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Manufacturer: Macsense
Min OS X: Not Supported    Requires: USB Port

FunStick Pro F-108
February 20, 2002 | Tim Morgan

Both joysticks contain horizontal and vertical trim controls that, like the CH F-16 CombatStick, do not require software support. All trimming is done in hardware (in fact, if one looks closely, one can see the mechanism that alters the trim beneath the plastic). Therefore, the trim controls work regardless of the computer game.

Both joysticks are formed around the right hand with finger grooves and a palm rest. The F-108 has an eight-way hat switch, as opposed to the F-106, whose hat can only move in four directions.

Combat Readiness
At first I had a number of problems installing the joystick software. Installing the outdated drivers that came with the install CD left my system in shambles. After some reconstruction, I installed the latest InputSprocket extensions. For whatever reason, both joysticks did not work until after restarting my computer, which conflicts with the goals of the USB protocols.

After working things out, the first thing I noticed while using these joysticks is their sensitivity. These joysticks almost overreact to even slight motions, creating a disorienting situation in high-performance aircraft simulators like Falcon 4 and F/A-18 Hornet. Obviously, many games support sensitivity controls; buyers may have to fiddle with the gameís settings to return the sensitivity to more realistic levels.

The column of LEDís that light up sequentially as the throttle is increased, while very appealing to the eye, turned out to be close to useless. Obviously, the purpose of a joystick is not to be looked at; gamers will have their eyes on the screen. Plus, over time, one could conceivably gain a feel for the position of the throttle.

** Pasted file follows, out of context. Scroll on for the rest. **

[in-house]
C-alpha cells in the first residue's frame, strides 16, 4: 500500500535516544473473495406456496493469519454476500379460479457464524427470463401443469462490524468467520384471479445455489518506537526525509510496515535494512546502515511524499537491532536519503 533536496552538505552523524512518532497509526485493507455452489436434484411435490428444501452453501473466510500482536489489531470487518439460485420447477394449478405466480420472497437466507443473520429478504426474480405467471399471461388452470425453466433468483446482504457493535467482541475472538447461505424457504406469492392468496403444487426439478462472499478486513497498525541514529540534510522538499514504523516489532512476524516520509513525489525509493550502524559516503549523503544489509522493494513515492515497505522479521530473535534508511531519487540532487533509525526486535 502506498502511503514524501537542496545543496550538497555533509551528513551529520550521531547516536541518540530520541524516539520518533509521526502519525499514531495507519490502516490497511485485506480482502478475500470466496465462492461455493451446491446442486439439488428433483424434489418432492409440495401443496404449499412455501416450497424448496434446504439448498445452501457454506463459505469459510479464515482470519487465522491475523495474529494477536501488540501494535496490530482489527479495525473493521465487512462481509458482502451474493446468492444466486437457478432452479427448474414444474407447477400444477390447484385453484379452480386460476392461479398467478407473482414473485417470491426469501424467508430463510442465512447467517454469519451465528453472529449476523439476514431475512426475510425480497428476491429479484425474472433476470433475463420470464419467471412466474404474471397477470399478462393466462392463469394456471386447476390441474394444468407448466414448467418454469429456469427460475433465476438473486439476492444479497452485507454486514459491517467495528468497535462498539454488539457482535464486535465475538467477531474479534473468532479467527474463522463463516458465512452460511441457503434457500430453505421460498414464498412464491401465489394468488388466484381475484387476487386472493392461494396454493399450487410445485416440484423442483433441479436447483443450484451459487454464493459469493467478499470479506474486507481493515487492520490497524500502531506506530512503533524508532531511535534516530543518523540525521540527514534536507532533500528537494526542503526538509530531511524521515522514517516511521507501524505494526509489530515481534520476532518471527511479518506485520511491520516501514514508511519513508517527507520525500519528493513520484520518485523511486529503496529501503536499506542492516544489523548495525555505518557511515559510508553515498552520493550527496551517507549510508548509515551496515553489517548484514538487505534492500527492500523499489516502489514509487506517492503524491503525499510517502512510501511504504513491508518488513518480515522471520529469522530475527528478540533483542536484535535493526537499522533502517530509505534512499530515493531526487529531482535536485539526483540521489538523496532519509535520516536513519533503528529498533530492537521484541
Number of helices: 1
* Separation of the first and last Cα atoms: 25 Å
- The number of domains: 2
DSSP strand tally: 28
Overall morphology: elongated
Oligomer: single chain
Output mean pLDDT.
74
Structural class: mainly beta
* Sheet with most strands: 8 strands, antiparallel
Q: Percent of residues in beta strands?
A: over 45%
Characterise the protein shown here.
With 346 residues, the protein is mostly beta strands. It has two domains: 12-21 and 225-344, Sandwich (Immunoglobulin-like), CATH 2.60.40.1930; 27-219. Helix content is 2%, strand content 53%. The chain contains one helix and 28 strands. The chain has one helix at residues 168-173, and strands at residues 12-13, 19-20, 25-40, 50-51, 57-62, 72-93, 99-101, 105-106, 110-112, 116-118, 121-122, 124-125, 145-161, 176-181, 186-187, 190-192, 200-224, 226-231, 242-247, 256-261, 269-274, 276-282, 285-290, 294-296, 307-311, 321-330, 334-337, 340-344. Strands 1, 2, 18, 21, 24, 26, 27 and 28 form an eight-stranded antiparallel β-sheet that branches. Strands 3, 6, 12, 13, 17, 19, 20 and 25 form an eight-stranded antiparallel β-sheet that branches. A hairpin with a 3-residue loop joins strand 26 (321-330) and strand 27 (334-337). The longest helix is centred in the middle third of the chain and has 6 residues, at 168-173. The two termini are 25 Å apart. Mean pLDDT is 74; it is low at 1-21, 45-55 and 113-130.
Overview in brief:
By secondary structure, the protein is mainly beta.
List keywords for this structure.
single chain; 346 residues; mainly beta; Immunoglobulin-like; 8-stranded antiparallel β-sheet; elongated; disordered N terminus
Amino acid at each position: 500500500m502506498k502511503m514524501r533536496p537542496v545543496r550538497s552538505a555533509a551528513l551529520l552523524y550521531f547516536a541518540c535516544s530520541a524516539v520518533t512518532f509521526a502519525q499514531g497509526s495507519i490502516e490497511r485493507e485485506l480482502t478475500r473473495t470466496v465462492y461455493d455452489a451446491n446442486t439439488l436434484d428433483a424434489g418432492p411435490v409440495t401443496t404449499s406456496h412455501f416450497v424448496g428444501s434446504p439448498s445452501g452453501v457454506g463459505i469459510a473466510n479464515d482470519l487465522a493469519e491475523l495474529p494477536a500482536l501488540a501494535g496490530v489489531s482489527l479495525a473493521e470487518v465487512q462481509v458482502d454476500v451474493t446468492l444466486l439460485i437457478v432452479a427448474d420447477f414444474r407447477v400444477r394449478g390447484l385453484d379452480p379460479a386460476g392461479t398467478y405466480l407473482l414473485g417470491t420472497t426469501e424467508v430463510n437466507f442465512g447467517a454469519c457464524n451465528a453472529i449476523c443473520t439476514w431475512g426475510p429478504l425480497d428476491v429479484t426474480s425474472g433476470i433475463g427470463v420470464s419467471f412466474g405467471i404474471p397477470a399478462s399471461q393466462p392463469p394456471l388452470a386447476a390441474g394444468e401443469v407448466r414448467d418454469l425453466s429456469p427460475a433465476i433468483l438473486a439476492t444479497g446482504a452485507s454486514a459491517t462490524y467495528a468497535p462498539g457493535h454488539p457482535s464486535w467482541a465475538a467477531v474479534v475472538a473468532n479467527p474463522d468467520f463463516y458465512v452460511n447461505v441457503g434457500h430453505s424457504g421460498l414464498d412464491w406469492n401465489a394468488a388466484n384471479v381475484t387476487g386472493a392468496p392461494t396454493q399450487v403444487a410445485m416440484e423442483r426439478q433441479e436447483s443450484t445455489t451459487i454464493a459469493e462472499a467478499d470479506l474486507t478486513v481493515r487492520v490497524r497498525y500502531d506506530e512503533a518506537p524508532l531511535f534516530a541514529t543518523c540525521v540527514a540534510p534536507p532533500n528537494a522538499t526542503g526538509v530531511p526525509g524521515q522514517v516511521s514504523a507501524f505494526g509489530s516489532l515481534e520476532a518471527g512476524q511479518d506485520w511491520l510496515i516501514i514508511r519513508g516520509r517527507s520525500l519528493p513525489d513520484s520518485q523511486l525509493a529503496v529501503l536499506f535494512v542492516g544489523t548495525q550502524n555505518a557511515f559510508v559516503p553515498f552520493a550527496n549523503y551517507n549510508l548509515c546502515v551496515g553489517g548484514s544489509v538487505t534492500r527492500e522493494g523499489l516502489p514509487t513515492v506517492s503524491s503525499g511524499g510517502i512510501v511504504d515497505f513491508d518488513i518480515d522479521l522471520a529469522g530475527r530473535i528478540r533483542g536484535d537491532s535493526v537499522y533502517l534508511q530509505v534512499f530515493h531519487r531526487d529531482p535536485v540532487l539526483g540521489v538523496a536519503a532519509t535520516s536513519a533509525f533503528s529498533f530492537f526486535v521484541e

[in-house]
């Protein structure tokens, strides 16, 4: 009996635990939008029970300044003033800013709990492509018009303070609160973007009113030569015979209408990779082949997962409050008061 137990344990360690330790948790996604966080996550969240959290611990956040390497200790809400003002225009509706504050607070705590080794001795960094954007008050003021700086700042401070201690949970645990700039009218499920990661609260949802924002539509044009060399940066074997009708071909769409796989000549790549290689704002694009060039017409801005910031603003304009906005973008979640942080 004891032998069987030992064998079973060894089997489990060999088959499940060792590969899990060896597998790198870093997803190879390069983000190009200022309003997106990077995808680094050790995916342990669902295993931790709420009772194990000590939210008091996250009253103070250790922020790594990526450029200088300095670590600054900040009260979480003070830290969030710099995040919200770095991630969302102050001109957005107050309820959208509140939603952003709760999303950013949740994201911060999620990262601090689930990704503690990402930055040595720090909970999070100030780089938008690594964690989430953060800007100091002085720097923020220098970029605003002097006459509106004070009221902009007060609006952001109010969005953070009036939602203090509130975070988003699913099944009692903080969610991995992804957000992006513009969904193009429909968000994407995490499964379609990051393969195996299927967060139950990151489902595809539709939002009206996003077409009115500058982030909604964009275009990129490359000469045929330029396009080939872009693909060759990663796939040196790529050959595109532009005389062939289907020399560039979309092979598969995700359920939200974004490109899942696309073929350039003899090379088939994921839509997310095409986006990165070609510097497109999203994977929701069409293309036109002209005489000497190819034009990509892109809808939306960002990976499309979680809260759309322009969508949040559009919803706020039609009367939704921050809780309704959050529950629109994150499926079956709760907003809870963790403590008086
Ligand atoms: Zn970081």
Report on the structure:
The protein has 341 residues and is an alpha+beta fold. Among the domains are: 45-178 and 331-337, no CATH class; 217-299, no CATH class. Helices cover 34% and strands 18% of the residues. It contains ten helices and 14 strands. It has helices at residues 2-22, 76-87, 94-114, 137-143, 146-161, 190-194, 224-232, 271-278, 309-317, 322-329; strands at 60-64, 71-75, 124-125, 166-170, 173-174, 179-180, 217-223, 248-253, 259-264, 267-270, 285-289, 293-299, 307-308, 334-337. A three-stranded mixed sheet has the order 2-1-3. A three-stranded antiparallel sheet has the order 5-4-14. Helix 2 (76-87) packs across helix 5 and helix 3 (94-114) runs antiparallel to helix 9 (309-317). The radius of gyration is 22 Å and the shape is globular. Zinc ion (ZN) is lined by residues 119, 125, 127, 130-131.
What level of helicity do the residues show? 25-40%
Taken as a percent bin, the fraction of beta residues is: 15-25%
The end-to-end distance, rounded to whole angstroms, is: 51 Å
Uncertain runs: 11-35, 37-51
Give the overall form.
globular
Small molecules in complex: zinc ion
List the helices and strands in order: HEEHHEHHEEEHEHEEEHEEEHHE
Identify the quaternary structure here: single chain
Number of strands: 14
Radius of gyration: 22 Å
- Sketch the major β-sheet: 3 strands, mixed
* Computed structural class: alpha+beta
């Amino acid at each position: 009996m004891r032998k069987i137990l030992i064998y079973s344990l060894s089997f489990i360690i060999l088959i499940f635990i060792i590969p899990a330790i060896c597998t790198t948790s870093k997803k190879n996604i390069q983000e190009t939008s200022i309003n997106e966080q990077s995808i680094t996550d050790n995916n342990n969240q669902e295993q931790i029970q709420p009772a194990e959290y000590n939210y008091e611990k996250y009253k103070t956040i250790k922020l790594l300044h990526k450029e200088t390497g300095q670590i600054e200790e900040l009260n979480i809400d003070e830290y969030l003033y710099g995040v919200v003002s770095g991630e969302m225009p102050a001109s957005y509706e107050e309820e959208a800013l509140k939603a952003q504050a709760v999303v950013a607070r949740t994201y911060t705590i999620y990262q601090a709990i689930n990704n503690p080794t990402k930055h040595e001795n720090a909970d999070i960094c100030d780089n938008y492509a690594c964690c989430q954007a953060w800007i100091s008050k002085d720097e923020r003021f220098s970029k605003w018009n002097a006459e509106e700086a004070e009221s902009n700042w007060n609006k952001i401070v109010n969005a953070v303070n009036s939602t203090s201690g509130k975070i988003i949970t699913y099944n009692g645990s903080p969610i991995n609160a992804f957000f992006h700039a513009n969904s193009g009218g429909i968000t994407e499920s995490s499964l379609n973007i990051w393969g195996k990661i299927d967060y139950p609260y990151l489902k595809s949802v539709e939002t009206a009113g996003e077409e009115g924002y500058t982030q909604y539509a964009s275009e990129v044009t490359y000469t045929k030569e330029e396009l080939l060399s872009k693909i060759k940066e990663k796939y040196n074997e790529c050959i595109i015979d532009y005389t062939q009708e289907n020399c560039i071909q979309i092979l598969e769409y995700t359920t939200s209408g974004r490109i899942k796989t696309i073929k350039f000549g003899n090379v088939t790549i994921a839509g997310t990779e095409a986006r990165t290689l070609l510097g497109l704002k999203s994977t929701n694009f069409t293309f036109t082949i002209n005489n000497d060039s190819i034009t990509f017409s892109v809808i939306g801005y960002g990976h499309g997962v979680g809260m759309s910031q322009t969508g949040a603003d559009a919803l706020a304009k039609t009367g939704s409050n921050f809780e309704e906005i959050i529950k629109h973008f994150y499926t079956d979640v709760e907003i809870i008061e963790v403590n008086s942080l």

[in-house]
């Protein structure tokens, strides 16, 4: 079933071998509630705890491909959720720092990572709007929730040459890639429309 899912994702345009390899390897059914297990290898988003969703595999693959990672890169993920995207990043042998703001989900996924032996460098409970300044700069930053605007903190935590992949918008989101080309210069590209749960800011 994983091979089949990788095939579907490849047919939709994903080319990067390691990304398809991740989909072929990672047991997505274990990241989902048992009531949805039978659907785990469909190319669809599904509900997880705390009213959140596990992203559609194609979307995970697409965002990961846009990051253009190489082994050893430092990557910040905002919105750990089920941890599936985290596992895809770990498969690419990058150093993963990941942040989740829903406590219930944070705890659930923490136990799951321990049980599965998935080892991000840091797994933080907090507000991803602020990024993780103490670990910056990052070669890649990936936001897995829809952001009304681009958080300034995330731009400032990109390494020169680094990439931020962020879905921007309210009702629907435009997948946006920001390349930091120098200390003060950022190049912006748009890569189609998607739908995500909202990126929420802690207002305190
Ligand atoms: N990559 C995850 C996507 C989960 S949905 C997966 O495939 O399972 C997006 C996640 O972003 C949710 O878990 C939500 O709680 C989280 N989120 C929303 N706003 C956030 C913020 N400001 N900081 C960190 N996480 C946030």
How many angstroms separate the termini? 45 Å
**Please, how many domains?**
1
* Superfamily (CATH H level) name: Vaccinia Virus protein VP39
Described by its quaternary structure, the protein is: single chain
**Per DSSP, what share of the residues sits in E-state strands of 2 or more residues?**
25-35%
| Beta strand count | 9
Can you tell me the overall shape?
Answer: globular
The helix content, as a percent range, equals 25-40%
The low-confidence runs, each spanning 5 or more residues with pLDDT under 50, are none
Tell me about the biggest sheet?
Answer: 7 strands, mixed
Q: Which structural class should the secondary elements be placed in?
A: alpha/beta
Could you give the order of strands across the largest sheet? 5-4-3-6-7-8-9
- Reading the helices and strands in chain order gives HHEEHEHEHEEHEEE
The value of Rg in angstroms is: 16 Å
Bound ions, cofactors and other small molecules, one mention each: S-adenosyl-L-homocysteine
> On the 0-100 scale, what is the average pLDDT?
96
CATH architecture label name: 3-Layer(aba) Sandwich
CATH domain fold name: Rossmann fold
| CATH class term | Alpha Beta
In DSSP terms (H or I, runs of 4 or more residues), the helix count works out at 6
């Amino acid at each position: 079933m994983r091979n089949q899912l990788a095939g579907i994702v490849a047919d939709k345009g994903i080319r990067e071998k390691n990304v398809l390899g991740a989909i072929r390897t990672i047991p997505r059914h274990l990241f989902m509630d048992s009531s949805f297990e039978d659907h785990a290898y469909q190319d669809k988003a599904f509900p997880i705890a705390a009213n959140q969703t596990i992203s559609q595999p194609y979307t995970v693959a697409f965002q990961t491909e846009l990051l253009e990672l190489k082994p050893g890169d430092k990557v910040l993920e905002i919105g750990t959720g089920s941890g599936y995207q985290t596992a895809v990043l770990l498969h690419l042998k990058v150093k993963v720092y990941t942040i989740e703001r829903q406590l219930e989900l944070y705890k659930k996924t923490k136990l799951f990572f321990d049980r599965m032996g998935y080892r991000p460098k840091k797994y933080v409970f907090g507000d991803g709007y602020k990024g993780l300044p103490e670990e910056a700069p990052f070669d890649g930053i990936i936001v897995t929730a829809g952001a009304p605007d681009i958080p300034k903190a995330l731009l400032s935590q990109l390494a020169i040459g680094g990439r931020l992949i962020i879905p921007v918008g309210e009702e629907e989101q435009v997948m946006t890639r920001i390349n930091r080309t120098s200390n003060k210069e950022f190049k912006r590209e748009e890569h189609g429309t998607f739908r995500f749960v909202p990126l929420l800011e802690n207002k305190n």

Ambitious new pilots may buy sims like Falcon 4 or F/A-18 Hornet, in which case, theyíre in for an overwhelming surprise. However, even when Falcon 4 is adjusted to its easiest avionics settings, the dismal count of three buttons is simply not enough to control the F-16. Simmers will have to decide if that means they need to buy a more expensive joystick or a less complex game.

Neither the F-106 nor the F-108 has a throttle detent for the afterburner position, which means that the afterburner kicks in at an arbitrary position on the dialís stroke. The F-106ís four-way hat, when used for changing the view, can become disorienting when padlocked on an enemy fighter.

Sims like X-Plane and Fly! II are not as reliant on a joystick bristling with buttons and hat switches, so the low count of controls becomes less of a concern. In fact, for pilots who simply want to take to the skies in a Cessna and do some casual sightseeing, the FunStick is up to the job. Admittedly, the one throttle is hardly enough for in-depth control of a two-engine aircraft, but such fidelity is usually reserved for civilian-aviation fanatics anyway.


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